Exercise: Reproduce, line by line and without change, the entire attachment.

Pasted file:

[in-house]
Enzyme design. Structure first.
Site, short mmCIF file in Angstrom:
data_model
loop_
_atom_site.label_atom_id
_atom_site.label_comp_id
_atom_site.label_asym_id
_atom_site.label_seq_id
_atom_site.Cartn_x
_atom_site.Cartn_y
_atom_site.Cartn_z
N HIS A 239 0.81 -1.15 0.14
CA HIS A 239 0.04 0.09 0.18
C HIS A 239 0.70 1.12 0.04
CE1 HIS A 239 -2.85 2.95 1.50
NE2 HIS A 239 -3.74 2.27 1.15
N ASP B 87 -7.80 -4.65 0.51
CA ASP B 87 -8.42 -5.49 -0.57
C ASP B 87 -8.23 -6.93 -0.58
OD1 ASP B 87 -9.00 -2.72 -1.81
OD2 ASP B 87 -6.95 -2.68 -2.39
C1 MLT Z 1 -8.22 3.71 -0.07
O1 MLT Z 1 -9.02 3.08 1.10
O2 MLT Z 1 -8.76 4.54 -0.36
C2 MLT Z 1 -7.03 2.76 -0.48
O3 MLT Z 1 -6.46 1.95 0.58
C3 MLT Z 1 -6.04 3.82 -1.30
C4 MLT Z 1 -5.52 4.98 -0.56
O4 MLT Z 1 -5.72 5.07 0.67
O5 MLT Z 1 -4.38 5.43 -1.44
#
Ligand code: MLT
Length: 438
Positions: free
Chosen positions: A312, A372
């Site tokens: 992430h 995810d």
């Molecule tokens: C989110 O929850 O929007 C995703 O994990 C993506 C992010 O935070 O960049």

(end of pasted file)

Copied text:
[in-house]
Enzyme design. Structure first.
Site, short mmCIF file in Angstrom:
data_model
loop_
_atom_site.label_atom_id
_atom_site.label_comp_id
_atom_site.label_asym_id
_atom_site.label_seq_id
_atom_site.Cartn_x
_atom_site.Cartn_y
_atom_site.Cartn_z
N HIS A 239 0.81 -1.15 0.14
CA HIS A 239 0.04 0.09 0.18
C HIS A 239 0.70 1.12 0.04
CE1 HIS A 239 -2.85 2.95 1.50
NE2 HIS A 239 -3.74 2.27 1.15
N ASP B 87 -7.80 -4.65 0.51
CA ASP B 87 -8.42 -5.49 -0.57
C ASP B 87 -8.23 -6.93 -0.58
OD1 ASP B 87 -9.00 -2.72 -1.81
OD2 ASP B 87 -6.95 -2.68 -2.39
C1 MLT Z 1 -8.22 3.71 -0.07
O1 MLT Z 1 -9.02 3.08 1.10
O2 MLT Z 1 -8.76 4.54 -0.36
C2 MLT Z 1 -7.03 2.76 -0.48
O3 MLT Z 1 -6.46 1.95 0.58
C3 MLT Z 1 -6.04 3.82 -1.30
C4 MLT Z 1 -5.52 4.98 -0.56
O4 MLT Z 1 -5.72 5.07 0.67
O5 MLT Z 1 -4.38 5.43 -1.44
#
Ligand code: MLT
Length: 438
Positions: free
Chosen positions: A312, A372
């Site tokens: 992430h 995810d």
């Molecule tokens: C989110 O929850 O929007 C995703 O994990 C993506 C992010 O935070 O960049």